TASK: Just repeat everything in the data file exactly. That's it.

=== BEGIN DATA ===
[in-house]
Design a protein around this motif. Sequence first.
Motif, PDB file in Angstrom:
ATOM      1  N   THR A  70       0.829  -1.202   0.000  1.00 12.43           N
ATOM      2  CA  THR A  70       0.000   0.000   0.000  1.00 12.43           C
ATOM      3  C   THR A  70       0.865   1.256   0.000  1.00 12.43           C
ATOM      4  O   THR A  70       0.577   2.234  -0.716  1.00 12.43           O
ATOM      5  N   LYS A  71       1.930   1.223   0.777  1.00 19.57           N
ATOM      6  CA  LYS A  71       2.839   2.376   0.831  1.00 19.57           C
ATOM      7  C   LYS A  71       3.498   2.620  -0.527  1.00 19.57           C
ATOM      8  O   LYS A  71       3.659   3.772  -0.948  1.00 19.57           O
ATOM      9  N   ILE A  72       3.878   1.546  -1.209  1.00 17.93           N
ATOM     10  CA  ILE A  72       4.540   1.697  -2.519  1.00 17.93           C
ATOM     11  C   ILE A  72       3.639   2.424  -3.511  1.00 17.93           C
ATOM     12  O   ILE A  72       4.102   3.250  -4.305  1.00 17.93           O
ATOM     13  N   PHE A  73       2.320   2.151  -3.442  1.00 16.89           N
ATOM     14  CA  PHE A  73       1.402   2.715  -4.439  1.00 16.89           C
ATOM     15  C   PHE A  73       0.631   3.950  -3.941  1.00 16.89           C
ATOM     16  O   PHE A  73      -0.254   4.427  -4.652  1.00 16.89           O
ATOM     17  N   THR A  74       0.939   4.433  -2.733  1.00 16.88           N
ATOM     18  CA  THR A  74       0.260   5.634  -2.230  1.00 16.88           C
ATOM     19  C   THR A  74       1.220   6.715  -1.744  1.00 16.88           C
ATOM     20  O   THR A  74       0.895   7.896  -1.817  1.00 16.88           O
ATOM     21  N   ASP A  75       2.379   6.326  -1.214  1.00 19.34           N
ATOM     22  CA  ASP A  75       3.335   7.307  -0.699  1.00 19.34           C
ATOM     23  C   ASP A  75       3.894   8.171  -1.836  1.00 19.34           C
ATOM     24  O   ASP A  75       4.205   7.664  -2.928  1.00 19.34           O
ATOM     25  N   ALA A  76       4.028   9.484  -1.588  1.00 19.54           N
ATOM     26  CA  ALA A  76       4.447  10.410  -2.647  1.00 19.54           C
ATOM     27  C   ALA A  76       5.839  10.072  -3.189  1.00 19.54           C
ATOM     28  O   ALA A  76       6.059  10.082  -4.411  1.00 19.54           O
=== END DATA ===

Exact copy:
[in-house]
Design a protein around this motif. Sequence first.
Motif, PDB file in Angstrom:
ATOM      1  N   THR A  70       0.829  -1.202   0.000  1.00 12.43           N
ATOM      2  CA  THR A  70       0.000   0.000   0.000  1.00 12.43           C
ATOM      3  C   THR A  70       0.865   1.256   0.000  1.00 12.43           C
ATOM      4  O   THR A  70       0.577   2.234  -0.716  1.00 12.43           O
ATOM      5  N   LYS A  71       1.930   1.223   0.777  1.00 19.57           N
ATOM      6  CA  LYS A  71       2.839   2.376   0.831  1.00 19.57           C
ATOM      7  C   LYS A  71       3.498   2.620  -0.527  1.00 19.57           C
ATOM      8  O   LYS A  71       3.659   3.772  -0.948  1.00 19.57           O
ATOM      9  N   ILE A  72       3.878   1.546  -1.209  1.00 17.93           N
ATOM     10  CA  ILE A  72       4.540   1.697  -2.519  1.00 17.93           C
ATOM     11  C   ILE A  72       3.639   2.424  -3.511  1.00 17.93           C
ATOM     12  O   ILE A  72       4.102   3.250  -4.305  1.00 17.93           O
ATOM     13  N   PHE A  73       2.320   2.151  -3.442  1.00 16.89           N
ATOM     14  CA  PHE A  73       1.402   2.715  -4.439  1.00 16.89           C
ATOM     15  C   PHE A  73       0.631   3.950  -3.941  1.00 16.89           C
ATOM     16  O   PHE A  73      -0.254   4.427  -4.652  1.00 16.89           O
ATOM     17  N   THR A  74       0.939   4.433  -2.733  1.00 16.88           N
ATOM     18  CA  THR A  74       0.260   5.634  -2.230  1.00 16.88           C
ATOM     19  C   THR A  74       1.220   6.715  -1.744  1.00 16.88           C
ATOM     20  O   THR A  74       0.895   7.896  -1.817  1.00 16.88           O
ATOM     21  N   ASP A  75       2.379   6.326  -1.214  1.00 19.34           N
ATOM     22  CA  ASP A  75       3.335   7.307  -0.699  1.00 19.34           C
ATOM     23  C   ASP A  75       3.894   8.171  -1.836  1.00 19.34           C
ATOM     24  O   ASP A  75       4.205   7.664  -2.928  1.00 19.34           O
ATOM     25  N   ALA A  76       4.028   9.484  -1.588  1.00 19.54           N
ATOM     26  CA  ALA A  76       4.447  10.410  -2.647  1.00 19.54           C
ATOM     27  C   ALA A  76       5.839  10.072  -3.189  1.00 19.54           C
ATOM     28  O   ALA A  76       6.059  10.082  -4.411  1.00 19.54           O